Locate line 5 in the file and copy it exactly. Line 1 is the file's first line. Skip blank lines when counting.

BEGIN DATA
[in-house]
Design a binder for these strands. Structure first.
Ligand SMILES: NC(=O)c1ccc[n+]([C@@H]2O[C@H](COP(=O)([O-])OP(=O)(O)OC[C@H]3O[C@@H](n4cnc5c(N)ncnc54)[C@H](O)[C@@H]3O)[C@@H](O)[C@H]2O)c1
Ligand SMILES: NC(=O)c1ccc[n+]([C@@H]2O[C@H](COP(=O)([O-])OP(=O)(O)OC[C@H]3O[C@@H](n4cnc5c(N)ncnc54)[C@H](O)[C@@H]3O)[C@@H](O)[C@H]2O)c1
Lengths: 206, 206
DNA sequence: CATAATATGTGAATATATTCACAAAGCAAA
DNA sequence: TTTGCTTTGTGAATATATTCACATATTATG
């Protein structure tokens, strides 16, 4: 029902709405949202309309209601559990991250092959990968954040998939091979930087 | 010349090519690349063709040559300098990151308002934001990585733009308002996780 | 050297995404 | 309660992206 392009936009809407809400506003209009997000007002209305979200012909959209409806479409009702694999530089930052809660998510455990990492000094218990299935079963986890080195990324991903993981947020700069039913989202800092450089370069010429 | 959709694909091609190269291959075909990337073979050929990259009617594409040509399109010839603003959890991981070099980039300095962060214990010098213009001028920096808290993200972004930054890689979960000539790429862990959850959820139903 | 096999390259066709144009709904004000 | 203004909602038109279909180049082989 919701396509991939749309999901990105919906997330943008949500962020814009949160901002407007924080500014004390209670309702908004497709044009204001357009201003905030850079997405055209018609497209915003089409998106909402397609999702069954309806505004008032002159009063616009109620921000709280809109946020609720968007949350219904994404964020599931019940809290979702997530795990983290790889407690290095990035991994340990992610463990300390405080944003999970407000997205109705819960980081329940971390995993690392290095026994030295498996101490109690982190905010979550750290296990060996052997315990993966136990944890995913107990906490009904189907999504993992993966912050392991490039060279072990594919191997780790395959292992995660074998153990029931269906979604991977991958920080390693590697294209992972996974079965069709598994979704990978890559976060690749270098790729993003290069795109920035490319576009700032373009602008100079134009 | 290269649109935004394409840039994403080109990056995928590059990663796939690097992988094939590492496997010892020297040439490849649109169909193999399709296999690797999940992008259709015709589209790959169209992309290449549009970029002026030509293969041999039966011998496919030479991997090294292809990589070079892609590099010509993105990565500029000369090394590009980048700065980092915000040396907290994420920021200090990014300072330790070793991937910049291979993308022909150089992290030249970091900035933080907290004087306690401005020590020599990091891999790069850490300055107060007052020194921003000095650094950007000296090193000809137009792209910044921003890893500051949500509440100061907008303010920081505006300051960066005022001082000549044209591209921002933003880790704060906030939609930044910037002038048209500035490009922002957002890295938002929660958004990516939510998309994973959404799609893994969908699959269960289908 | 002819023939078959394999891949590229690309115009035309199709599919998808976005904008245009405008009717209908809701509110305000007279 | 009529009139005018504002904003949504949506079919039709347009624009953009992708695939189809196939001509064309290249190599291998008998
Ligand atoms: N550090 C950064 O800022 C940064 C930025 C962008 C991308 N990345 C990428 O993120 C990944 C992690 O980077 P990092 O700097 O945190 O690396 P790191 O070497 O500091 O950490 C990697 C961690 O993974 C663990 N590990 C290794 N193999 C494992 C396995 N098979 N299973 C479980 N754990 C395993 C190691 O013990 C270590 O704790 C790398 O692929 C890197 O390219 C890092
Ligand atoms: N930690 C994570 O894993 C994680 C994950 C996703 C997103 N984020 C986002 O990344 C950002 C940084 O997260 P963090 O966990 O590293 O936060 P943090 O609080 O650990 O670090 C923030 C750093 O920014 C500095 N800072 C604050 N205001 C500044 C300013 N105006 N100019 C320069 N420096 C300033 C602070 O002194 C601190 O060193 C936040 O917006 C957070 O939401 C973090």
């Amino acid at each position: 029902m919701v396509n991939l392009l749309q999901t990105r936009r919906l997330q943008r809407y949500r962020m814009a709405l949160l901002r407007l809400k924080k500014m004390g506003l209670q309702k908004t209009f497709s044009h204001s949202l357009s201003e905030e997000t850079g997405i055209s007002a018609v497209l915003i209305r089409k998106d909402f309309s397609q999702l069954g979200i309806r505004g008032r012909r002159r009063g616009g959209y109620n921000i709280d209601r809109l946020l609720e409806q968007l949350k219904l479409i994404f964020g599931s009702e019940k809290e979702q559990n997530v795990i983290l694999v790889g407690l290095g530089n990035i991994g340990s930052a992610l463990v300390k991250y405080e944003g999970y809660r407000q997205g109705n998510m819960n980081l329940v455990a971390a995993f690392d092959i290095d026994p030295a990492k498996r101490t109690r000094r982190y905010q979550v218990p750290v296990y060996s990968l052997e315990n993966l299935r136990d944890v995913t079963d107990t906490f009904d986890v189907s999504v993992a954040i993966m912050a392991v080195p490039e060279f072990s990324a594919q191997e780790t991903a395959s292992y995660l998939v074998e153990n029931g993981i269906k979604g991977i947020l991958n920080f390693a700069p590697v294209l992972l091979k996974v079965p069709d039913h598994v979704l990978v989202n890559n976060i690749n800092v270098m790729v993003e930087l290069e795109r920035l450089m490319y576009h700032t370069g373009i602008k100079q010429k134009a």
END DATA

Lengths: 206, 206